(696b) Mitigation of the Polysulfide Shuttle Effect through Use of Crosslinked Ionomer Coatings

Authors: 
Schaefer, J., University of Notre Dame
Ford, H., University of Notre Dame
He, P., University of Notre Dame
The development of new rechargeable battery systems employing novel chemistries is imperative to meet the increasing energy storage demands of emerging technologies. Metal-sulfur batteries are a promising set of chemistries for moving beyond lithium-ion, owing to the widespread abundance of sulfur and the high theoretical energy density of many metal-sulfur couples. However, it is well known that metal-sulfur systems suffer poor performance as a result of the polysulfide shuttle effect. Building on previous work demonstrating the need of functional interlayers to balance cation conduction with polysulfide rejection,1 ionomeric coatings are investigated for their ability to mitigate the polysulfide shuttle effect in lithium- and magnesium-sulfur cells. Relative to a bulk polymer layer, a thin coating contributes significantly less to the total cation conduction resistance observed in the cell. Relationships between cell performance and the chemical composition, structure, and transport properties of the coatings are determined with a combination of ex-situ characterization techniques and full cell testing.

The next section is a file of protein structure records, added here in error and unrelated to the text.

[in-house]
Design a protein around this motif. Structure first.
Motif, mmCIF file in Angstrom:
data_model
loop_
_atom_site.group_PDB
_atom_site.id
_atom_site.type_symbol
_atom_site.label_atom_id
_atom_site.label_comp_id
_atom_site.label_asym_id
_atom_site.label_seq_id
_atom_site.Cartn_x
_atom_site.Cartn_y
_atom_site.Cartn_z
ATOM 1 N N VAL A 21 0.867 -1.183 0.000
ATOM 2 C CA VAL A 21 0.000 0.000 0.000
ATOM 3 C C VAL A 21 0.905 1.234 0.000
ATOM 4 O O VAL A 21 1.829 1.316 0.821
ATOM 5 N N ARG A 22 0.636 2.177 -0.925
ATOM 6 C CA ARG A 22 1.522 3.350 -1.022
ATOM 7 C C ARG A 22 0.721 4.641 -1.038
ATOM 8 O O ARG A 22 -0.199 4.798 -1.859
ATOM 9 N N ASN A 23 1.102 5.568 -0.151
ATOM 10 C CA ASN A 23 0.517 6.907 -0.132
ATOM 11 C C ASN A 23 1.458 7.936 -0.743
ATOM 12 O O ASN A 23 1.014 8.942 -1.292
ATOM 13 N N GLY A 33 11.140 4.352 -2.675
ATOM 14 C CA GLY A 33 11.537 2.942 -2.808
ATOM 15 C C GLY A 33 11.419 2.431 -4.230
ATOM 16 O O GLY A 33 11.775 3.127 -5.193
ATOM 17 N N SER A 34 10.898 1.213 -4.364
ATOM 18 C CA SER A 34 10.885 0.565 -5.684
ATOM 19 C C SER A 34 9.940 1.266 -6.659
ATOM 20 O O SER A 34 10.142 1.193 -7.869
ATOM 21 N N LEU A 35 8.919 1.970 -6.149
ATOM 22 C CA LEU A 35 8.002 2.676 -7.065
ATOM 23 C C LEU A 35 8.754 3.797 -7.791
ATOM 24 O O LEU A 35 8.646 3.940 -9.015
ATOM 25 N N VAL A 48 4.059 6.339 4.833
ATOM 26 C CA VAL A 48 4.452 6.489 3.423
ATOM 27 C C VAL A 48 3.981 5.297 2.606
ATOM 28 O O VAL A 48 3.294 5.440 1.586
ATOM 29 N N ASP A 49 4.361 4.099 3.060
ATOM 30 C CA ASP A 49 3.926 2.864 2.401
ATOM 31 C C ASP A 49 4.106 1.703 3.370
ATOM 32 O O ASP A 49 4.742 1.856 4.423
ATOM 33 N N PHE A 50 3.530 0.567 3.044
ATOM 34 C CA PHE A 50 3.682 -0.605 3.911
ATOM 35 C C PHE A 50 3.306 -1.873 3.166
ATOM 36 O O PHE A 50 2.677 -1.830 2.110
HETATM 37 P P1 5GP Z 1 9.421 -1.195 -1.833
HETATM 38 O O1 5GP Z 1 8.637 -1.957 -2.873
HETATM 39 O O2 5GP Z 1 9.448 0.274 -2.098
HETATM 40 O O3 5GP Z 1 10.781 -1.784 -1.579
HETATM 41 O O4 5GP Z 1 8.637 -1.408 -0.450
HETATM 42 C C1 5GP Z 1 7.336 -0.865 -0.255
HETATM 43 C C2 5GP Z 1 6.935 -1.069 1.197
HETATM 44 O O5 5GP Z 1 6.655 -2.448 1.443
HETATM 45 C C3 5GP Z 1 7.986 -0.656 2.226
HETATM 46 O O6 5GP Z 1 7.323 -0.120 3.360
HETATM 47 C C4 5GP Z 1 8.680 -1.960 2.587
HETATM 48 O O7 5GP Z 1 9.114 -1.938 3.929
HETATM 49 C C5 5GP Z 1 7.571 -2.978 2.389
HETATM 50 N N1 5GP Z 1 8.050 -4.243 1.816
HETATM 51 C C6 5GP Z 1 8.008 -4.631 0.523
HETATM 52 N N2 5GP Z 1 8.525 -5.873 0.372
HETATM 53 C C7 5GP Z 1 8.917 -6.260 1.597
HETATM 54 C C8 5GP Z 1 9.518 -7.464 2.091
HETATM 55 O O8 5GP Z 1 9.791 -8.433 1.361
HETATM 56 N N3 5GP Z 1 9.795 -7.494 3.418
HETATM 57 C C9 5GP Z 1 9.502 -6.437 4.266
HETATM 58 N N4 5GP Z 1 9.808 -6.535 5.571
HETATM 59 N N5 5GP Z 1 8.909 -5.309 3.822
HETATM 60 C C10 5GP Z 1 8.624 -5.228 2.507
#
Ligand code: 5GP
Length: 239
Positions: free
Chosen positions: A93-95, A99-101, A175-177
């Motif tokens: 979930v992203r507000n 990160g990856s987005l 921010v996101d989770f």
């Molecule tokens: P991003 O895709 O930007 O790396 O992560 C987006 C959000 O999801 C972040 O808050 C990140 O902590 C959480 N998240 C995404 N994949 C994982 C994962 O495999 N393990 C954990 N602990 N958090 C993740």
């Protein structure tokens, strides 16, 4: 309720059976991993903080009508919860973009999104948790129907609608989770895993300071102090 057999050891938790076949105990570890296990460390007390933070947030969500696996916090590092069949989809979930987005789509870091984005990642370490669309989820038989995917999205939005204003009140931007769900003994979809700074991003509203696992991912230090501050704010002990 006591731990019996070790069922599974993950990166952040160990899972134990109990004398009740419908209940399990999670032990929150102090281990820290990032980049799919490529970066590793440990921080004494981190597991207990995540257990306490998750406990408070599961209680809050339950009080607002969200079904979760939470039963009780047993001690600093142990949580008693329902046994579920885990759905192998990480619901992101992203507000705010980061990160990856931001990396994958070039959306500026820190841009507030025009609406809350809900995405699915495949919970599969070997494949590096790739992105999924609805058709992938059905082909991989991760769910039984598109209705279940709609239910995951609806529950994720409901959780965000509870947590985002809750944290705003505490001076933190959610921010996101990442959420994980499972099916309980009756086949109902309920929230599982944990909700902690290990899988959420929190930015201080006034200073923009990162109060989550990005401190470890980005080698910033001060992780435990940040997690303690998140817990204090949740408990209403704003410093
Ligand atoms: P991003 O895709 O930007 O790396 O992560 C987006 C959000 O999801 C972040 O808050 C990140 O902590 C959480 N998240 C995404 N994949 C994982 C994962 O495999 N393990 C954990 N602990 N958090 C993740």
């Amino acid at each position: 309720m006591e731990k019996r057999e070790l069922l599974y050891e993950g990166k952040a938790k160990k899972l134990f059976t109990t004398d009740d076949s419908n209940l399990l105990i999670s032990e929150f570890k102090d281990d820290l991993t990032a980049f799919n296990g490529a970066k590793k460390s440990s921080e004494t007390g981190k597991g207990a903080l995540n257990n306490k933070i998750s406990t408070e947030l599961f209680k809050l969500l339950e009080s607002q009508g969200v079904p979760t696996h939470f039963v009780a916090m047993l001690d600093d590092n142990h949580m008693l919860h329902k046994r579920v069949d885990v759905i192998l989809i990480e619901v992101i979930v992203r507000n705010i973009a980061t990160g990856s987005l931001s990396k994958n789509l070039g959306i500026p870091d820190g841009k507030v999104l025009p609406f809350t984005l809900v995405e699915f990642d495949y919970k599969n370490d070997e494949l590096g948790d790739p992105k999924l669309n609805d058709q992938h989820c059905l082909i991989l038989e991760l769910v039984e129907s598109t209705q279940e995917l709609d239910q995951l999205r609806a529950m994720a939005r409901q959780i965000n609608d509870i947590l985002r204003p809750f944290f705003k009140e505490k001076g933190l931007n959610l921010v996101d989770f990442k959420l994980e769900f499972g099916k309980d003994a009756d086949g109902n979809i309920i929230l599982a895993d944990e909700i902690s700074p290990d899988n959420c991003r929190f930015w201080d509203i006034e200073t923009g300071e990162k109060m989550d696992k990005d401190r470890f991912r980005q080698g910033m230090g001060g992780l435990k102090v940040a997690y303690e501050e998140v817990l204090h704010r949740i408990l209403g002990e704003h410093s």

1. Hunter O. Ford, Laura C. Merrill, Peng He, Sunil P. Upadhyay, and Jennifer L. Schaefer, “Cross-Linked Ionomer Gel Separators for Polysulfide Shuttle Mitigation in Magnesium–Sulfur Batteries: Elucidation of Structure–Property Relationships”, Macromolecules, 2018.